By Suketu Mehta
From time to time, every Indian American finds an email in his or her inbox, wearing a font of many colors, like the one my grandfather once sent me: “Take a Pride–Being an Indian. 38% of Doctors in U.S.A. are Indians. 36% of NASA employees are Indians. 34% of MICROSOFT employees are Indians.
And 100% of the CEOs of Microsoft! Boo-yah! In-di-a! In-di-a! In-di-a!
“India invented the Number System. Decimal Point was also invented by India. Sanskrit is the most suitable language for computer software …”
Of course, that was just my grandfather’s ethnocentrism speaking. Not me!
On my desk now is a book-length version of such an email: The Triple Package: How Three Unlikely Traits Explain the Rise and Fall of Cultural Groups in America, by Amy Chua and Jed Rubenfeld. You may remember Chua as the “Tiger Mom” whose 2011 memoir about the rigors of Chinese parenting set off waves of anxiety among aspirational American parents who had been raised with Dr. Spock’s permissive child-rearing attitudes. Her new book, co-authored with her husband, widens its aim, purporting to explain why not just Asians (like Chua) but also seven other groups–Cubans, Jews (like Rubenfeld), Indians (like me), Nigerians, Mormons, Iranians and Lebanese–are superior when it comes to succeeding in America.
The book claims that these groups thrive because of three traits: a superiority complex, insecurity and impulse control. The ones lacking the “Triple Package” are African Americans, Appalachians, Wasps and pretty much everybody else.
Does such thinking shock you?
I should hope so.
If not, it may be because it has become so insidiously commonplace over the past decade as a new strain of racial, ethnic and cultural reductivism has crept into the American psyche and public discourse. Whereas making sweeping observations about, say, African-American or Hispanic culture–flattering or unflattering–remains unthinkable in polite company, it has become relatively normal in the past 10 years to comment on the supposed cultural superiority of various “model minorities.” I call it the new racism–and I take it rather personally.
I am an American, Calcutta born. I’m writing a book about immigrants in New York, dedicated to my two American sons. I want them to know why we came here and how we found our place in this new land. I want them to know about the teachers at the Catholic school in Queens who called me a “pagan,” and the boy there who welcomed me to the school by declaring, “Lincoln shoulda never let ’em off the plantations,” and the landlord who welcomed us to the country by turning off the electricity.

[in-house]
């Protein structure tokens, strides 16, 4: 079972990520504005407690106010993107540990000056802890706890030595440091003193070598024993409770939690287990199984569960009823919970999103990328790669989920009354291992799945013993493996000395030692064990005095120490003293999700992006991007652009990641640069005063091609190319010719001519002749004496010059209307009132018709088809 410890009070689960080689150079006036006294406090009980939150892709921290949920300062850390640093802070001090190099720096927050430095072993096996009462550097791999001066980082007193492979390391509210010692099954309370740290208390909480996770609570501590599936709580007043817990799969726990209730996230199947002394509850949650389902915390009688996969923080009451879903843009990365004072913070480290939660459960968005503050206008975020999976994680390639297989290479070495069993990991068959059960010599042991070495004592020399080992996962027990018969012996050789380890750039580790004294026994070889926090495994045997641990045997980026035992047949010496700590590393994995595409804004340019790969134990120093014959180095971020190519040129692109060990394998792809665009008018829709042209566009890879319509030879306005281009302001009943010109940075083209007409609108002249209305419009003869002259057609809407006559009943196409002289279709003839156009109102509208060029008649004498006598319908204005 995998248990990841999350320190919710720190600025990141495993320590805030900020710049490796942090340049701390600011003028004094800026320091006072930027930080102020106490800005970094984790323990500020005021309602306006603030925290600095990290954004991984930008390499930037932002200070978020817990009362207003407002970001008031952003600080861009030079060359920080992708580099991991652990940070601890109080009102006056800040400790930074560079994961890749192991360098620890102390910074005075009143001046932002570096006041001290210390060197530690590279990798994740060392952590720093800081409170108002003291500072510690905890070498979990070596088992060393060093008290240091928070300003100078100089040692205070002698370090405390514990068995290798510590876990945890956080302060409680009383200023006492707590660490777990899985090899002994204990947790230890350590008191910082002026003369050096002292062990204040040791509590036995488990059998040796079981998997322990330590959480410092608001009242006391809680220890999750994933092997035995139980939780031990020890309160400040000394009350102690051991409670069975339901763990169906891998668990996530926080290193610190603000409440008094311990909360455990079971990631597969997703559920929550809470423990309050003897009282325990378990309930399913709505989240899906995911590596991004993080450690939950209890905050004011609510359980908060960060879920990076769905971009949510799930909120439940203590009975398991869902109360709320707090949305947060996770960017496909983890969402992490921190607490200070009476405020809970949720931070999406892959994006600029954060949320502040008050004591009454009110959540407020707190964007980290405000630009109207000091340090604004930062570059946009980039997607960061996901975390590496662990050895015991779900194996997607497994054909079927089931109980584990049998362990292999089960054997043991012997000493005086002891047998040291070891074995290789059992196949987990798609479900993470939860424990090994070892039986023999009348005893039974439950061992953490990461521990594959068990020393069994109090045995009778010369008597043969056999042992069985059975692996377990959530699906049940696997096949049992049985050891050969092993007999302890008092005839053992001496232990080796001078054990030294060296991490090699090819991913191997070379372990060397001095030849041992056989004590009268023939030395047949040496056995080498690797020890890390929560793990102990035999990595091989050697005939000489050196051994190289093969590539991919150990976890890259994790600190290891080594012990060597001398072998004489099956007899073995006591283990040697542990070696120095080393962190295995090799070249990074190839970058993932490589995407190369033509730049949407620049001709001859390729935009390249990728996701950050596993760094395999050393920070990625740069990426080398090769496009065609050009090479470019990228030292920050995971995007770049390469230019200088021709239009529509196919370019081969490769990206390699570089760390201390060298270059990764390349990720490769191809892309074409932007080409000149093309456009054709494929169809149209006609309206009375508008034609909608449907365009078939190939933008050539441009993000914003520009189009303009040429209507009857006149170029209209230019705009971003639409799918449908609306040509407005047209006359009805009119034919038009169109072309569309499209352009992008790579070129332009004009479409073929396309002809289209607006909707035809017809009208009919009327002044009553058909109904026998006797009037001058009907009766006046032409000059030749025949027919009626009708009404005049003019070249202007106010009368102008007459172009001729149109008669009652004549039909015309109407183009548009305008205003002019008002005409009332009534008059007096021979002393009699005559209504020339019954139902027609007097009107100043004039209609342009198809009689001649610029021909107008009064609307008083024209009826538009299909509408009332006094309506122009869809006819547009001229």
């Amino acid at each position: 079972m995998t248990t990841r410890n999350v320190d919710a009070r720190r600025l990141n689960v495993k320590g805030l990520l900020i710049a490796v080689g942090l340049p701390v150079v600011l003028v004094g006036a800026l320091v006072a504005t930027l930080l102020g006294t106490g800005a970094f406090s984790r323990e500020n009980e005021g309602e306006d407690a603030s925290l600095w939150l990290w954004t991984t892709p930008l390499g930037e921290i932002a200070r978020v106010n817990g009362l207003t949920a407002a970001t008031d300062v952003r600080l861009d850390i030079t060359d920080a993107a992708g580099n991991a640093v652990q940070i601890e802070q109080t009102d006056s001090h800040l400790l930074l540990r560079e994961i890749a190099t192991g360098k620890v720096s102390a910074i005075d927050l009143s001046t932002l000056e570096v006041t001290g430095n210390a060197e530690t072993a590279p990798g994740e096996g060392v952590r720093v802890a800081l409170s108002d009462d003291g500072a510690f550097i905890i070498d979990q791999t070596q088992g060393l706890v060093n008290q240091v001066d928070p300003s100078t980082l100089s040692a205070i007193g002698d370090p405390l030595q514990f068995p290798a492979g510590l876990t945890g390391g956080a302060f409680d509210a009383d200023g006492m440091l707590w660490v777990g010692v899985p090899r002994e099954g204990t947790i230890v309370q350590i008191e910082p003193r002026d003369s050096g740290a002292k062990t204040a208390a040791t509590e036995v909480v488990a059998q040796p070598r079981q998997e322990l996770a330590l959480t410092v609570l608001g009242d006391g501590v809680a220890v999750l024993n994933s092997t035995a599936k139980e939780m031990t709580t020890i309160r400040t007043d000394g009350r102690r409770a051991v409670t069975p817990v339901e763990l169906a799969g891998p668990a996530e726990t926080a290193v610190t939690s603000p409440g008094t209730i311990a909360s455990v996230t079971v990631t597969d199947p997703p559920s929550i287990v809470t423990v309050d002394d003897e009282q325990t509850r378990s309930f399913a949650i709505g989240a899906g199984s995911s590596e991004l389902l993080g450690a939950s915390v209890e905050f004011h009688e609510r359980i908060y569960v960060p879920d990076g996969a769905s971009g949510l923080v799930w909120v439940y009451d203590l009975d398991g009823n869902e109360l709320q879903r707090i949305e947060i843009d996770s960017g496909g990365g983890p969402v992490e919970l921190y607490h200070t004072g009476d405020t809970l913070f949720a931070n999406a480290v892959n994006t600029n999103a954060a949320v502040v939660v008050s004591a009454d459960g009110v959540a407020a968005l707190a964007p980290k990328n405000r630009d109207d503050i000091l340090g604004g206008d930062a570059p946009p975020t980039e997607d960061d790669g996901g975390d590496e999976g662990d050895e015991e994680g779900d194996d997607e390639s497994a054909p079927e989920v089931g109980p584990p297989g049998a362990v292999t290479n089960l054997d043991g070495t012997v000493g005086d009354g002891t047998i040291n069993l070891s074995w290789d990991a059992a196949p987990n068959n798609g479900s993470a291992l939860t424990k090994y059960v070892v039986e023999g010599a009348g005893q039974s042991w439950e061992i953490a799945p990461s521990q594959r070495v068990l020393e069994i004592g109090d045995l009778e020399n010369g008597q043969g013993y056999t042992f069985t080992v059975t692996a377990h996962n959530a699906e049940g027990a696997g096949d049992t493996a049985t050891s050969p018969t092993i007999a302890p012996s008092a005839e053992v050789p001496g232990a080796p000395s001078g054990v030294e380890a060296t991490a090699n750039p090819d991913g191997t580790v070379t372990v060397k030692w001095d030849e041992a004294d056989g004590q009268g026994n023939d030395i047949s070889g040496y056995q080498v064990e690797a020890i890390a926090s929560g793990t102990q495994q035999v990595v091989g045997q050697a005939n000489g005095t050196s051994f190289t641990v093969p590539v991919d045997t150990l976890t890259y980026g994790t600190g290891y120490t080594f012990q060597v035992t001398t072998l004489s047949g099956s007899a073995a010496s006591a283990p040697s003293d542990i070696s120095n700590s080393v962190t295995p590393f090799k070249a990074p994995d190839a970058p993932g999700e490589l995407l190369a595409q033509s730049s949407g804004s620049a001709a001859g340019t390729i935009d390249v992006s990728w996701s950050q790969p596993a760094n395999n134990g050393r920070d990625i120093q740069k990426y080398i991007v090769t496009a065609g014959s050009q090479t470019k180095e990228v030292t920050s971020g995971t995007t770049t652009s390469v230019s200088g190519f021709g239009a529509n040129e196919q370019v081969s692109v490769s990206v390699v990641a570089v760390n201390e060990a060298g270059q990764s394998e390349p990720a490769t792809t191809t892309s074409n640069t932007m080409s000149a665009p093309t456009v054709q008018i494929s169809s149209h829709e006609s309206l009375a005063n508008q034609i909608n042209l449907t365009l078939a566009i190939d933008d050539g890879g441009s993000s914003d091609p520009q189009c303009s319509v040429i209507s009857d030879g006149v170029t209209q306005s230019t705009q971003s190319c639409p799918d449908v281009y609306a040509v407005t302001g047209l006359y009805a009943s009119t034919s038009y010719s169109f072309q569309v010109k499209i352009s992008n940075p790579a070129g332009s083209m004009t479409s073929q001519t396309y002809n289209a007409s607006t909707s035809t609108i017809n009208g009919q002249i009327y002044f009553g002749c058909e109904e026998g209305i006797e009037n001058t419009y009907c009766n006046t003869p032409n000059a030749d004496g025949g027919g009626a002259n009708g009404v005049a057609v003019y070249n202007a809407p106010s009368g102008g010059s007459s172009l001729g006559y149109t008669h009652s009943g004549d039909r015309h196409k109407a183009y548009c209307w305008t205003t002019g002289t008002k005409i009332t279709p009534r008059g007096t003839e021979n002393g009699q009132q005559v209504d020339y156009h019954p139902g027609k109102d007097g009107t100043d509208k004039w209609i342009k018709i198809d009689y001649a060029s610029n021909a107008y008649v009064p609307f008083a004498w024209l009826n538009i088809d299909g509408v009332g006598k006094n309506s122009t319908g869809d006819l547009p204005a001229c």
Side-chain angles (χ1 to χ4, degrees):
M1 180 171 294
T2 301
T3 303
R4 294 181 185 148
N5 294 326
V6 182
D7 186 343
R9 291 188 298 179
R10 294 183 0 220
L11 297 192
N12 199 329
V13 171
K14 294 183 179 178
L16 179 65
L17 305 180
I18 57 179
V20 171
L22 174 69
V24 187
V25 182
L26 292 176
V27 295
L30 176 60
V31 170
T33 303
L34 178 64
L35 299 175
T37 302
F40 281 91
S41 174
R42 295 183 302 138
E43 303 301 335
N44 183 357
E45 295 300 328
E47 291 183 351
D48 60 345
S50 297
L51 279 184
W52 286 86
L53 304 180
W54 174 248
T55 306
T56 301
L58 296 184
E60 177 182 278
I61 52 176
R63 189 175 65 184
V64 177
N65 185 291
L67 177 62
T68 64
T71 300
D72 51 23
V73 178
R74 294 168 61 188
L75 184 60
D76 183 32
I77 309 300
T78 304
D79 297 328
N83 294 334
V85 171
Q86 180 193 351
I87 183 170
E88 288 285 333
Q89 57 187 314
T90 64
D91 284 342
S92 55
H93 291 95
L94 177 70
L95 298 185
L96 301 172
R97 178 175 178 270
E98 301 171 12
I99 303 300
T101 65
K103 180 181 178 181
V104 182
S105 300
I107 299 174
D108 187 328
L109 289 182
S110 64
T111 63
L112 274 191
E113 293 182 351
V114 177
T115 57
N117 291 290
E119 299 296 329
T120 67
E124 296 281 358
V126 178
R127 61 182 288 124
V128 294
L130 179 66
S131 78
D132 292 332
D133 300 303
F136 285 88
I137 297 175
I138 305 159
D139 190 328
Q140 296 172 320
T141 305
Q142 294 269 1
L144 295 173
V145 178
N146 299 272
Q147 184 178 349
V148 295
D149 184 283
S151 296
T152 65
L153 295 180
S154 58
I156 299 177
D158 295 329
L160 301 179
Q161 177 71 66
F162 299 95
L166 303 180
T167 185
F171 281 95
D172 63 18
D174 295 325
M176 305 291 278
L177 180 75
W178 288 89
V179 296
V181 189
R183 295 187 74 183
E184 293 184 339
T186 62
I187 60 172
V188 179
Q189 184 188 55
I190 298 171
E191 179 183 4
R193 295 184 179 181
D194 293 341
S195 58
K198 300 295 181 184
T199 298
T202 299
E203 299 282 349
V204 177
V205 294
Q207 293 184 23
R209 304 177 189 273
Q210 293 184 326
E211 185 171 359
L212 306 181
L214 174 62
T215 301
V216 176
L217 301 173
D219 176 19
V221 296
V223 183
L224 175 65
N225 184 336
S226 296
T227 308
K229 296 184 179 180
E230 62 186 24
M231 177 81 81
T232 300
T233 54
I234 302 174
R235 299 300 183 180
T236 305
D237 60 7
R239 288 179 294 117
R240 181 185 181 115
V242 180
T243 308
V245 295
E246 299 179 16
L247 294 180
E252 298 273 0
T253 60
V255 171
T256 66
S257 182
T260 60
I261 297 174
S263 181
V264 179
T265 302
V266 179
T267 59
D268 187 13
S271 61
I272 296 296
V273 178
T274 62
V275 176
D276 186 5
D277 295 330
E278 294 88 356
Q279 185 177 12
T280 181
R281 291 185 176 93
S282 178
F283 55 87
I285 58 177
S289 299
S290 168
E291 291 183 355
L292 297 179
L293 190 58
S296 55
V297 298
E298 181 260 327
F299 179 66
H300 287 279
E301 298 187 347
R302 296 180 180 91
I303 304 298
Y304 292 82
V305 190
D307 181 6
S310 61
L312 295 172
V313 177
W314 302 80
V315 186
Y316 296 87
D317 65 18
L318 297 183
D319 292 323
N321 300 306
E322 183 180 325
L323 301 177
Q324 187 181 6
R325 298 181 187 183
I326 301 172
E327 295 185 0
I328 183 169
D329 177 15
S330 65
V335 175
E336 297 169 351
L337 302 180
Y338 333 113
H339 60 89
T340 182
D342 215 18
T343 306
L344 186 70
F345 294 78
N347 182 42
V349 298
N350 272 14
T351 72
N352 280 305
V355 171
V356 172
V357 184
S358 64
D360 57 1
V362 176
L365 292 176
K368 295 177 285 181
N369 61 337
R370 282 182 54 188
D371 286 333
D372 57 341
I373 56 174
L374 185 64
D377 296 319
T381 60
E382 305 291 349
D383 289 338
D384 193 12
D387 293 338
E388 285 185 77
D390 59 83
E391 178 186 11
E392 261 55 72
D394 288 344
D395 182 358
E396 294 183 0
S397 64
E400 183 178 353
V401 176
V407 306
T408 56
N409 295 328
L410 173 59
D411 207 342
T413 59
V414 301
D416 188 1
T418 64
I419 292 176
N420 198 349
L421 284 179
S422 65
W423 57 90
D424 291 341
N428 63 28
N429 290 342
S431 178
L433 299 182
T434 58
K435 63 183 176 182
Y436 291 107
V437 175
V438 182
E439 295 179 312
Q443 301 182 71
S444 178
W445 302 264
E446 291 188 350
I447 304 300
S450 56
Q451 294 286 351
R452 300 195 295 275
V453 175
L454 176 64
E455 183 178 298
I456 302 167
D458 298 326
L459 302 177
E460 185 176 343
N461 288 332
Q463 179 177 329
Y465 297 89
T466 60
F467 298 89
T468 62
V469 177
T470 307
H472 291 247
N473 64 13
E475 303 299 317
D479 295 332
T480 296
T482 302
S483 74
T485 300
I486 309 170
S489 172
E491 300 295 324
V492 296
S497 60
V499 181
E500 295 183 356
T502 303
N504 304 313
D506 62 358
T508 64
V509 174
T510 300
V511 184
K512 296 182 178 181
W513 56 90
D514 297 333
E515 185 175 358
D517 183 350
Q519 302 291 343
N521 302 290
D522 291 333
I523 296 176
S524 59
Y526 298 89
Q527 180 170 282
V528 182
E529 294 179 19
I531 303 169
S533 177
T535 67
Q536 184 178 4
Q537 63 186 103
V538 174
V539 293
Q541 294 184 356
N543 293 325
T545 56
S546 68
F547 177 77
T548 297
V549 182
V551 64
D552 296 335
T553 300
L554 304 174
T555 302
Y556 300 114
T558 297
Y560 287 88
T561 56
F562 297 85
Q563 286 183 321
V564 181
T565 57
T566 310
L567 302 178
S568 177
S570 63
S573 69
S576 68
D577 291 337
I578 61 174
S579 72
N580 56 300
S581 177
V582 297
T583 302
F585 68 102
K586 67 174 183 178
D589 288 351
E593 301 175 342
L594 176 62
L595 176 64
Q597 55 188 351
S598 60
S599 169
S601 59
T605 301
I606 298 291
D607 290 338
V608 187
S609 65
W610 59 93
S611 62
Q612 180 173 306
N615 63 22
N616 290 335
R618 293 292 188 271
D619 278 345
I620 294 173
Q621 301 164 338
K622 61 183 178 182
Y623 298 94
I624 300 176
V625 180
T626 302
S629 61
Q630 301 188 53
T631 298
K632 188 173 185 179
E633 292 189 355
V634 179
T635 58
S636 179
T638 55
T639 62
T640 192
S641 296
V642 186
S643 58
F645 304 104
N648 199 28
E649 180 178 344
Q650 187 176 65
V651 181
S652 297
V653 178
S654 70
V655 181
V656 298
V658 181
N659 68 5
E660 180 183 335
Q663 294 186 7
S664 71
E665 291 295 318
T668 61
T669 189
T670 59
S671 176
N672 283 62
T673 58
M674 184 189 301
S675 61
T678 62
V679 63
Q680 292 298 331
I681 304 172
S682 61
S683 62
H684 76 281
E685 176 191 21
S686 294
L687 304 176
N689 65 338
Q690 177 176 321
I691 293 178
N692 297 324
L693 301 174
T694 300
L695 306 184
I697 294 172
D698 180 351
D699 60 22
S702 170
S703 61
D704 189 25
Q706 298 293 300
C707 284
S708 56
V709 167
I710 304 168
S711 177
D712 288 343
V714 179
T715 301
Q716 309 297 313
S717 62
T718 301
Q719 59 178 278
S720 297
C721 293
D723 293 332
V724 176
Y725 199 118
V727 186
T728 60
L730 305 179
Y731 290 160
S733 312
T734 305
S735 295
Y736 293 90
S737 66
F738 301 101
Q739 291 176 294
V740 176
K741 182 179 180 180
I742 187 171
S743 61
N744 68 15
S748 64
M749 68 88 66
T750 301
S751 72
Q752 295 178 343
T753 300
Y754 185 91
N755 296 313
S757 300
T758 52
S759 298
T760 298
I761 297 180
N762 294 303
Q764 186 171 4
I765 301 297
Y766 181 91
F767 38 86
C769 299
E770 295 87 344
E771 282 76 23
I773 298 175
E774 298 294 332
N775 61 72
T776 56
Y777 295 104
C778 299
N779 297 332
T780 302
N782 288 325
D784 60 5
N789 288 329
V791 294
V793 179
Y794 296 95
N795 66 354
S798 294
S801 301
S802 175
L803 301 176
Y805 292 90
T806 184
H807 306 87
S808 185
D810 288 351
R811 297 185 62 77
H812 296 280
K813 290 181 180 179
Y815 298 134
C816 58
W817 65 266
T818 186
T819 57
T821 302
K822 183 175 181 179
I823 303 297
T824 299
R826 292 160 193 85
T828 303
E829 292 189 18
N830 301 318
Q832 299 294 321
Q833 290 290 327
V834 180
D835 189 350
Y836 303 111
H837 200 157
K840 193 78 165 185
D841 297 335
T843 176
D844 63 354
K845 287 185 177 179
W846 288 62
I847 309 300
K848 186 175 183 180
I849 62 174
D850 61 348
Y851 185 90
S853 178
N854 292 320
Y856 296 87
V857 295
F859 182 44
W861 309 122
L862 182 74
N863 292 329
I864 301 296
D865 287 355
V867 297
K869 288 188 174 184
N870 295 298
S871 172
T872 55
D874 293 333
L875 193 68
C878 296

In other words, the most important family memories that my sons are having inculcated in them is that they are Victims of Whites. That’s the most important legacy to instruct your children in in the 21st Century.
I also want them to know why their family did well in the end. We worked hard, yes, and we read books and went to the right schools and are “well settled,” as our relatives back in India describe us. But we also benefited from numerous advantages–from cultural capital built up over generations to affirmative action to an established network of connections in our new country–none of which had anything to do with racial, ethnic or cultural superiority.
None, I tell you, none!
By the way, why do we Indian immigrants get affirmative action? I could never figure that out. Are you people crazy or something? I’d say thanks, but then you might start figuring out how nuts it is.
When my family went to America, we left behind a system in which people are often denigrated because of their caste, religion, language or skin color.
Not us, actually. The Mehtas are Gujarati diamond merchants from Bombay. Perhaps we’re Jains (who dominate the diamond trade) or maybe Parsis (like conductor Zubin Mehta) or Brahmins or merchant caste, but whatever Amy Chua-type Market Dominant Minority I am, I try to keep my privileged ethnicity obscure here in the
Colonies States so I can be the Voice of All India to you poor dumb Americans. It’s a living.